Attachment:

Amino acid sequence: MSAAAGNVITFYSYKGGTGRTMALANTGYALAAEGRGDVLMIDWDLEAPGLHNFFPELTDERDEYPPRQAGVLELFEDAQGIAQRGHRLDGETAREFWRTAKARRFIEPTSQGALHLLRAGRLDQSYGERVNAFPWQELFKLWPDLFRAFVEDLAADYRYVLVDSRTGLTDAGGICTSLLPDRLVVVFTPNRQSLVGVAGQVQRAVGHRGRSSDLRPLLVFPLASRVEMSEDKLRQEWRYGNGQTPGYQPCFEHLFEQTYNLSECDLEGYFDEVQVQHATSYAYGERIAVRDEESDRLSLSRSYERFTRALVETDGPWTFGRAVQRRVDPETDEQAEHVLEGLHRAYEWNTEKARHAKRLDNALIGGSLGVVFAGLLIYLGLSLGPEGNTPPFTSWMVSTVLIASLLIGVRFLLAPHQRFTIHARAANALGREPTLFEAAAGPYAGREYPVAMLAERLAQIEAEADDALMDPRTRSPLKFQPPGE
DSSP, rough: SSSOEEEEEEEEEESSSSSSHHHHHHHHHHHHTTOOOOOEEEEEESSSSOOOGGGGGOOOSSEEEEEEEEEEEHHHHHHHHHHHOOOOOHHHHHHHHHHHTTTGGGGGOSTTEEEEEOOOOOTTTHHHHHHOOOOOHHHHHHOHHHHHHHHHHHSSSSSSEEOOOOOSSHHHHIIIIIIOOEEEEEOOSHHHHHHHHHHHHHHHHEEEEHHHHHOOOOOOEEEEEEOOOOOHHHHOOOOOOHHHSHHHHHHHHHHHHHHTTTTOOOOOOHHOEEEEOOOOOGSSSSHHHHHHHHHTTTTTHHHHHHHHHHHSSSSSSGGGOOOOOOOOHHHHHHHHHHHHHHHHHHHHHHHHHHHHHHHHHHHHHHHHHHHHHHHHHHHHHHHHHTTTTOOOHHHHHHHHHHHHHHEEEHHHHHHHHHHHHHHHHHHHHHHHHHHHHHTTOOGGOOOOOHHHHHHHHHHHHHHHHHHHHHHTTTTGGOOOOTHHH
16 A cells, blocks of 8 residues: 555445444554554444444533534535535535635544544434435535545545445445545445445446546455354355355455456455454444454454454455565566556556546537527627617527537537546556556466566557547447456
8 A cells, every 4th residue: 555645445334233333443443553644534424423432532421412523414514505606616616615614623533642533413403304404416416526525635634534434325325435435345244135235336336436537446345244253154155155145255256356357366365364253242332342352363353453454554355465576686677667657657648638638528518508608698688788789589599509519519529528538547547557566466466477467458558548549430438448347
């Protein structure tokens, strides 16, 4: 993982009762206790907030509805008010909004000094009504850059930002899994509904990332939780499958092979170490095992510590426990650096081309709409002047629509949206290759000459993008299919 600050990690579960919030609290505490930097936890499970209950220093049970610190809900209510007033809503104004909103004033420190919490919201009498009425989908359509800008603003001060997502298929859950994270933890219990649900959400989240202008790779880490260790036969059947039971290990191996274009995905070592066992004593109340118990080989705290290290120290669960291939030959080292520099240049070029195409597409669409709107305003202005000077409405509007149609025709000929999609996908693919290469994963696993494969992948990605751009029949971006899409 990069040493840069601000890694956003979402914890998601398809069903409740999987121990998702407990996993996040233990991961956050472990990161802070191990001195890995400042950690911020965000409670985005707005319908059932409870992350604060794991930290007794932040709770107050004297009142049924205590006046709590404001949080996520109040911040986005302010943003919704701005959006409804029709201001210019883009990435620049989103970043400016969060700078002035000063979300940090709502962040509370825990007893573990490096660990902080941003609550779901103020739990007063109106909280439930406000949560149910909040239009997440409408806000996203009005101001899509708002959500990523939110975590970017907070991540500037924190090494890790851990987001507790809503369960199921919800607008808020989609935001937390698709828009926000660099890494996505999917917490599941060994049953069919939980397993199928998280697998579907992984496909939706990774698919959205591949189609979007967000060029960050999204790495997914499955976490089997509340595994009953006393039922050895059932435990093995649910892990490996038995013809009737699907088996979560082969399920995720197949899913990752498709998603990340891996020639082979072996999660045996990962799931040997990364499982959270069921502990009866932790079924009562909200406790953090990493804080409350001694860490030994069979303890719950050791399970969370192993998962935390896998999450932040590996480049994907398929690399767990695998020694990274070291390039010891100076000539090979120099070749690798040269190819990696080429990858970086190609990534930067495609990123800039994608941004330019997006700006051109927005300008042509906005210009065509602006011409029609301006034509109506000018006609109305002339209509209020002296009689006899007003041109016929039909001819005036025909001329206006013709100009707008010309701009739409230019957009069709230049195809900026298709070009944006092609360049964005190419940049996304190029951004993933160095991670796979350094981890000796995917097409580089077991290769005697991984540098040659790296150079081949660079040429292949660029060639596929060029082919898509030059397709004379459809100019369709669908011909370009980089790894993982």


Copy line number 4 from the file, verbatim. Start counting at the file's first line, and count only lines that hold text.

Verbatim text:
8 A cells, every 4th residue: 555645445334233333443443553644534424423432532421412523414514505606616616615614623533642533413403304404416416526525635634534434325325435435345244135235336336436537446345244253154155155145255256356357366365364253242332342352363353453454554355465576686677667657657648638638528518508608698688788789589599509519519529528538547547557566466466477467458558548549430438448347